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David Baxter

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Ipsos Reid study on depression in the workplace released today
Thursday, February 15, 2007
Mental Health Minutes
(statistical references from The Ottawa Citizen, February 15, 2007)

Overview

  • Fourteen per cent of Canadian adults have been diagnosed with depression by a doctor, with a higher incidence in women (18 per cent) than men (11 per cent).
  • Nearly three-quarters of those surveyed (72 per cent) know someone who has been diagnosed with depression.
  • Eight in 10 Canadians said they believe depression is a "life-threatening illness," while just 24 per cent think depressed people could "just snap out of it if they really wanted to."
  • Seventy-nine per cent of workers said they believe a person diagnosed with depression would keep the fact secret to avoid damaging their future opportunities at work, and nearly half believe someone missing work because of depression would be more likely "to get into trouble and maybe even fired."
  • Eighty-eight per cent of Canadians believe CEOs should make helping employees with depression "a key human resources priority."
Shannon Proudfoot of The Ottawa Citizen interviewed Donna Hardaker, a community mental health analyst at the Ontario chapter of the Canadian Mental Health Association. Ms. Hardaker says workplaces are still "in the Dark Ages" in terms of dealing with depression. "When someone has depression, the symptoms co-workers see are behavioural," Ms. Hardaker says. "They don't see someone who needs to lie down, they don't see someone who has to go for chemotherapy treatment. Instead, they see someone who may be irritable, withdrawn, not meeting deadlines, blaming people for problems."

Why should employers care?
Hopefully, they care about the well-being of their employees, first of all. Secondly, mental illness costs Canadian businesses $33 billion a year in lost productivity (Global Business and Economic Roundtable on Addiction and Mental Health).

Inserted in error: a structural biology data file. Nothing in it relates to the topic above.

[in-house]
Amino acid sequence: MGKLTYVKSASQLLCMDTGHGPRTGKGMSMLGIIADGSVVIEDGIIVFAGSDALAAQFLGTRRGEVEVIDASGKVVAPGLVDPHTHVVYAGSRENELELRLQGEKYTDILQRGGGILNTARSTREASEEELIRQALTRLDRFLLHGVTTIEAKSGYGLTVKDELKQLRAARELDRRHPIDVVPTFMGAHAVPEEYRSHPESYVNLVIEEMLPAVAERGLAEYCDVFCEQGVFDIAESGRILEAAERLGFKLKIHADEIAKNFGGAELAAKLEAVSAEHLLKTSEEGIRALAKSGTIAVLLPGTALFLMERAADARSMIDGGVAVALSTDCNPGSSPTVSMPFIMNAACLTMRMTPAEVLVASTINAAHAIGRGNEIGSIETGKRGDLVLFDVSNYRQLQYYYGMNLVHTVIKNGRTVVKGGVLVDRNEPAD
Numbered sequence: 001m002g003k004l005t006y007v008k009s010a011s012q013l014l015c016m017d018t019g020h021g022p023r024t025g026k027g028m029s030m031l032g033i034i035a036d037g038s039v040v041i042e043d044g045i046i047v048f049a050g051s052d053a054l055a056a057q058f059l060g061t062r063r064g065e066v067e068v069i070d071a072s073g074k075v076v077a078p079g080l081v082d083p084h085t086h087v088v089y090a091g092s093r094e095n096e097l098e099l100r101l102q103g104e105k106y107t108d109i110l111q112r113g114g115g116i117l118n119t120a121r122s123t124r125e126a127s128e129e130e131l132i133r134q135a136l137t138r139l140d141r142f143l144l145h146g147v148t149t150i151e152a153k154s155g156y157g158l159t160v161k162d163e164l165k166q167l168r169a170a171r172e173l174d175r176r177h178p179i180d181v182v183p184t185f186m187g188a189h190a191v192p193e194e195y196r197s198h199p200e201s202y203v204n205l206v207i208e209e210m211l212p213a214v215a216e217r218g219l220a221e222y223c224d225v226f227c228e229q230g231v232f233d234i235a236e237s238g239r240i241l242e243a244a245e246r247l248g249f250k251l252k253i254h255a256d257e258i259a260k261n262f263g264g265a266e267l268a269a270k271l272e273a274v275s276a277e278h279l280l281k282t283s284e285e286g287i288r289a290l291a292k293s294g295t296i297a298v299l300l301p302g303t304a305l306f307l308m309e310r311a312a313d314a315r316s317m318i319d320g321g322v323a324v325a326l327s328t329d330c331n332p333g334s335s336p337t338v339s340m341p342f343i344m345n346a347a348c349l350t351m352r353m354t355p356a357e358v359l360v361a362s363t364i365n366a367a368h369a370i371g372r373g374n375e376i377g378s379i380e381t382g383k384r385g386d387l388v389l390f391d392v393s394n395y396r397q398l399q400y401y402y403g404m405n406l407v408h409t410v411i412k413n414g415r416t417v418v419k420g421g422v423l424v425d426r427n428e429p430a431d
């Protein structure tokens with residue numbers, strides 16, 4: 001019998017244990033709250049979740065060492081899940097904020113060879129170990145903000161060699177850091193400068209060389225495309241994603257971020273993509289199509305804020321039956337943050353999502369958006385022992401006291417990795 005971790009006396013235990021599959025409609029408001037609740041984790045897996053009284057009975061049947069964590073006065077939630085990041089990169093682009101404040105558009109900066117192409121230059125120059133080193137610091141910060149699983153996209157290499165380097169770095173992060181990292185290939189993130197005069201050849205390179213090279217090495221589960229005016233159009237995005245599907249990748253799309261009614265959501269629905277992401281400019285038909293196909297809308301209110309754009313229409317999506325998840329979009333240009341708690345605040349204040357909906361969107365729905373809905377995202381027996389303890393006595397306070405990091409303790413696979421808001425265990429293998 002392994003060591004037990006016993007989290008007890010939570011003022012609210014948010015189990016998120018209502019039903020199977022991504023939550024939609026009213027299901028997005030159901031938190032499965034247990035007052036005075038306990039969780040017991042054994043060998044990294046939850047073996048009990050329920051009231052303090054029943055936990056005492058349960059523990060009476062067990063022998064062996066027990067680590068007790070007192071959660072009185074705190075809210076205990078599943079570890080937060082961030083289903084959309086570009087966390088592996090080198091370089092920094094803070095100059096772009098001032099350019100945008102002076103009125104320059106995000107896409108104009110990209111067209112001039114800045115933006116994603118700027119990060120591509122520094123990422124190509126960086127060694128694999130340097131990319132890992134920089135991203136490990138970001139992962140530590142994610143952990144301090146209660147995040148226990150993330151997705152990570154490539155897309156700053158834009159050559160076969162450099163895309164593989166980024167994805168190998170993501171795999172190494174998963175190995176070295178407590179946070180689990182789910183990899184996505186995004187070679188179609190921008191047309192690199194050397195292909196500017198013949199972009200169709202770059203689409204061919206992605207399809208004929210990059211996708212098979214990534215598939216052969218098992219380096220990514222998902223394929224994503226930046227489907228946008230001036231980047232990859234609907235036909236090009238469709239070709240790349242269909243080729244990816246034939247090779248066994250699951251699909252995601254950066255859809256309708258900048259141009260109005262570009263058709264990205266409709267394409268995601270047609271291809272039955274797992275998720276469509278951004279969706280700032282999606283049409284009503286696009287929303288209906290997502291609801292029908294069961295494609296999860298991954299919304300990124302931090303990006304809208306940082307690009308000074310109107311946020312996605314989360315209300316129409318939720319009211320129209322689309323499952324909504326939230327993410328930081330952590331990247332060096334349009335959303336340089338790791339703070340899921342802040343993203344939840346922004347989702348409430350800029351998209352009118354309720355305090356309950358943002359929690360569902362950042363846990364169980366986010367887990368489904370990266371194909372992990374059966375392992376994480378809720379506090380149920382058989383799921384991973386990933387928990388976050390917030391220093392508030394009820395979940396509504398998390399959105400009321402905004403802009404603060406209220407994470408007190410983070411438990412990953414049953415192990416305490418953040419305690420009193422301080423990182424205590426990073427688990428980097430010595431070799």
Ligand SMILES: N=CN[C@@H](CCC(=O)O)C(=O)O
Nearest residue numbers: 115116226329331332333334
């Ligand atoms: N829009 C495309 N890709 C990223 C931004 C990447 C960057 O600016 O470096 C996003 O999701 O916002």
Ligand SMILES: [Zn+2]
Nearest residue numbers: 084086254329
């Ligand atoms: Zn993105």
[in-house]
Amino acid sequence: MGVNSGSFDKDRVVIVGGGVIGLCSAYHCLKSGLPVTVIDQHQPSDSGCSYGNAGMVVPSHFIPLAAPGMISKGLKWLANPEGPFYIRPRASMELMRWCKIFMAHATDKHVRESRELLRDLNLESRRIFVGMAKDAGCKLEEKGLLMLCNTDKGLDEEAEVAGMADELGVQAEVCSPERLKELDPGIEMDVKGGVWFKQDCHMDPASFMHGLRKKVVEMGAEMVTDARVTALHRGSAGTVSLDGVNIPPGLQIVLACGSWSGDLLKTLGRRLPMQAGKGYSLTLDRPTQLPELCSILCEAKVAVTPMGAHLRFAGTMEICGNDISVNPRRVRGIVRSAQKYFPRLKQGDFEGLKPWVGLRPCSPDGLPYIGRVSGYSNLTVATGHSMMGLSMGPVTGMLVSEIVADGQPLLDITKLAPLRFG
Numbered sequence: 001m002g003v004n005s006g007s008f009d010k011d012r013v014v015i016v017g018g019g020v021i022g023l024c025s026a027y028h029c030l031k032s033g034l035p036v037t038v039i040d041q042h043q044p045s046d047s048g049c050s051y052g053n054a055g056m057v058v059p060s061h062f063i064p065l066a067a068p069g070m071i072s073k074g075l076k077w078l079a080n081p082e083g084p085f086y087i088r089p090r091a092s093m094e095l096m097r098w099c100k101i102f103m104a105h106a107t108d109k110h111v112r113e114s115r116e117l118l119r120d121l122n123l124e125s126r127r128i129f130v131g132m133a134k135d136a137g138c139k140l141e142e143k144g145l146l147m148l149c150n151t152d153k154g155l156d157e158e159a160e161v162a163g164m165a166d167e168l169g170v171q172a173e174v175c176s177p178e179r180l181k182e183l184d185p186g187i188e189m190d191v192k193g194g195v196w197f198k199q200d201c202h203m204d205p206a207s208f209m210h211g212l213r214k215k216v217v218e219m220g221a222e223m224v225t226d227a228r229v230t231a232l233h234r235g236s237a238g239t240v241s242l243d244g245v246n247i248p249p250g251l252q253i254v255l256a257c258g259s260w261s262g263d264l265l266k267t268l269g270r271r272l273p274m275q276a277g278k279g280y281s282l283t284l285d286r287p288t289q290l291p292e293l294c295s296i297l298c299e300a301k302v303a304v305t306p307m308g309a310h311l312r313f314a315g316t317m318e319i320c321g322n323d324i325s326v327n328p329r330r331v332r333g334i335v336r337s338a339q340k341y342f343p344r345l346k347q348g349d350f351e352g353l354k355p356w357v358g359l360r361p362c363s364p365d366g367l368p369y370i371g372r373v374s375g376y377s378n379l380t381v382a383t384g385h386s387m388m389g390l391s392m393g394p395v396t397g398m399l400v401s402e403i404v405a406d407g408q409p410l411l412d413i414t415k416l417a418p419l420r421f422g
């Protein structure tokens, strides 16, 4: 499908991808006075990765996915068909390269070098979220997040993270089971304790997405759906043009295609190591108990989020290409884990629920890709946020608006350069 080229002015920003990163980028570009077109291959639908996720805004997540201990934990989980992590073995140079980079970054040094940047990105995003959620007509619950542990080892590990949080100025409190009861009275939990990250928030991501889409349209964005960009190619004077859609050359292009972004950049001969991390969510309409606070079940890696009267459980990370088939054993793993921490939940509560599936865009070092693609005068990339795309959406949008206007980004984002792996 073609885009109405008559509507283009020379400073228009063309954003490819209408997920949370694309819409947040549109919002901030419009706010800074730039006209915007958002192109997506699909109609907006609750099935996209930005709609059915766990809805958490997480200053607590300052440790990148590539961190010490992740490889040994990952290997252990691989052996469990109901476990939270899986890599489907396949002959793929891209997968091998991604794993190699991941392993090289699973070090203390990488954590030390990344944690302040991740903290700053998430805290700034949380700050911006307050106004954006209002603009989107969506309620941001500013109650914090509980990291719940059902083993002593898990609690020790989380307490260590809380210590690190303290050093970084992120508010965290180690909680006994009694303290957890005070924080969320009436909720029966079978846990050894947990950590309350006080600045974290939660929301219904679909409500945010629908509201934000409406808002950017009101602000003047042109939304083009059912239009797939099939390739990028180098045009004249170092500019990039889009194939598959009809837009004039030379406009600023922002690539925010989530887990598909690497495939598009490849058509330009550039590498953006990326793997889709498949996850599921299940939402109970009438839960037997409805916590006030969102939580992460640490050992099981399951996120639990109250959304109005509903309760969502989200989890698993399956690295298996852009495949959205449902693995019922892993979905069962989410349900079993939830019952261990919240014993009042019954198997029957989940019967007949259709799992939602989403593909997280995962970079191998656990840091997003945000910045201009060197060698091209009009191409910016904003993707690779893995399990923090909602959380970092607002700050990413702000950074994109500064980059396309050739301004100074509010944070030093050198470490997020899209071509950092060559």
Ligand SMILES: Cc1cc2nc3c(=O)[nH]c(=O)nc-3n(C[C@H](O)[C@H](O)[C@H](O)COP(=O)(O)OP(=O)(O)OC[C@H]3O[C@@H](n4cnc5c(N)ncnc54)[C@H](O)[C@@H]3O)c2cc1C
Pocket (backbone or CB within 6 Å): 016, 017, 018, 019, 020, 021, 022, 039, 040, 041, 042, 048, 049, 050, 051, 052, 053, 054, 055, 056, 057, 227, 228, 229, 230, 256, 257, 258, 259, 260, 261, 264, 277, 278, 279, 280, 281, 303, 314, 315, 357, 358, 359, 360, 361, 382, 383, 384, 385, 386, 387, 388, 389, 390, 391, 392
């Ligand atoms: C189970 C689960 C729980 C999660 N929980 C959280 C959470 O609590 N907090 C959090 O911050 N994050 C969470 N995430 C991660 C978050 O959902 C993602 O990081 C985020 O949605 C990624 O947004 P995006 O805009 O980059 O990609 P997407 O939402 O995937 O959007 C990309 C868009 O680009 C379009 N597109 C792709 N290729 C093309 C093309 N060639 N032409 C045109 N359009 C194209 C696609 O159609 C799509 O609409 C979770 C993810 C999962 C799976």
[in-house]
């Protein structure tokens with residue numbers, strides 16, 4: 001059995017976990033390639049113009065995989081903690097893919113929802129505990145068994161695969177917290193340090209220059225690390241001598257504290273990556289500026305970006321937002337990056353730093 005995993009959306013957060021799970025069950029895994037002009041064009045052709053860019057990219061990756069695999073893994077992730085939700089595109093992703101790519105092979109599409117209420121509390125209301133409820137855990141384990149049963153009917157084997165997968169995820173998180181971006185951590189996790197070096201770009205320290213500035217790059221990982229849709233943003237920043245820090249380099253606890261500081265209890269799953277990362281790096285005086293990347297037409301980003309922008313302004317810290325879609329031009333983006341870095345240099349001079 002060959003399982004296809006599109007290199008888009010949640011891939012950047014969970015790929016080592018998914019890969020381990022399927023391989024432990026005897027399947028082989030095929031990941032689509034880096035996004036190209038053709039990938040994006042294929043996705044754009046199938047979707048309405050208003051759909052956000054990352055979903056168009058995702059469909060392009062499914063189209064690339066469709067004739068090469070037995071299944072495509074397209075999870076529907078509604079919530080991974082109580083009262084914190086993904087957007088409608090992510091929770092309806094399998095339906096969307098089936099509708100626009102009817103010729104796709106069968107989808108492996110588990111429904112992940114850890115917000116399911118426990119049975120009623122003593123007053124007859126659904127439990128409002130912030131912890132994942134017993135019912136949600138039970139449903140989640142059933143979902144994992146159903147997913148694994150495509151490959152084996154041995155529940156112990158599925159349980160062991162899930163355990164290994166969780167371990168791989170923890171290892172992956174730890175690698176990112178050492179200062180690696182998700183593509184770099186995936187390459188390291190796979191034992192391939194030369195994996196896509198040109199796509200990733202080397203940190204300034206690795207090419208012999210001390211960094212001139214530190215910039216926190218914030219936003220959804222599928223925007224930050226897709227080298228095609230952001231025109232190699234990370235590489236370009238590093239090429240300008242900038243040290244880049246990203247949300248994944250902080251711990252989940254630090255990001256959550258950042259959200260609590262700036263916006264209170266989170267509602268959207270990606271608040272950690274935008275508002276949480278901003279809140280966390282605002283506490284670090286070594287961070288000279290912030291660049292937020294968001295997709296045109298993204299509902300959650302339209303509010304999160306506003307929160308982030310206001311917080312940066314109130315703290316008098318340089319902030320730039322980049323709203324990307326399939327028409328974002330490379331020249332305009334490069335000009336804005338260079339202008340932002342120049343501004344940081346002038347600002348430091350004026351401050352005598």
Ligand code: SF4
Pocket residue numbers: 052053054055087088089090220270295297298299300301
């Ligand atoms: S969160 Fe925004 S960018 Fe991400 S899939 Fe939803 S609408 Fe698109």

Employers need to take responsibility to help their employees both prevent and deal with mental illness. It can only lead to healthier, happier employees and a more productive workplace.

Some suggestions:

  • Employee Assistance Programs (EAPs)
  • Stress management workshops
  • Adequate benefit coverage for professional counselling ($1000+ per year); psychologist visits are NOT covered by health care, at least not in the province of Ontario
  • At least 2 weeks vacation time permitted annually; ensure your employees take advantage of it each year ? this includes management
  • Flexibility for employees to attend medical or psychological appointments during the day as often as deemed necessary by the health care professional; allowing the employee to undergo treatment as early as possible. This will reduce missed work hours and sick days in the long run.
  • Modified work schedules for employees with persistent, but manageable, mental illness and for those who are re-entering the workforce after sick leave due to mental illness; in these cases a doctor?s note may provide proper instruction)
  • Most importantly, the employer should be approachable and understanding
 

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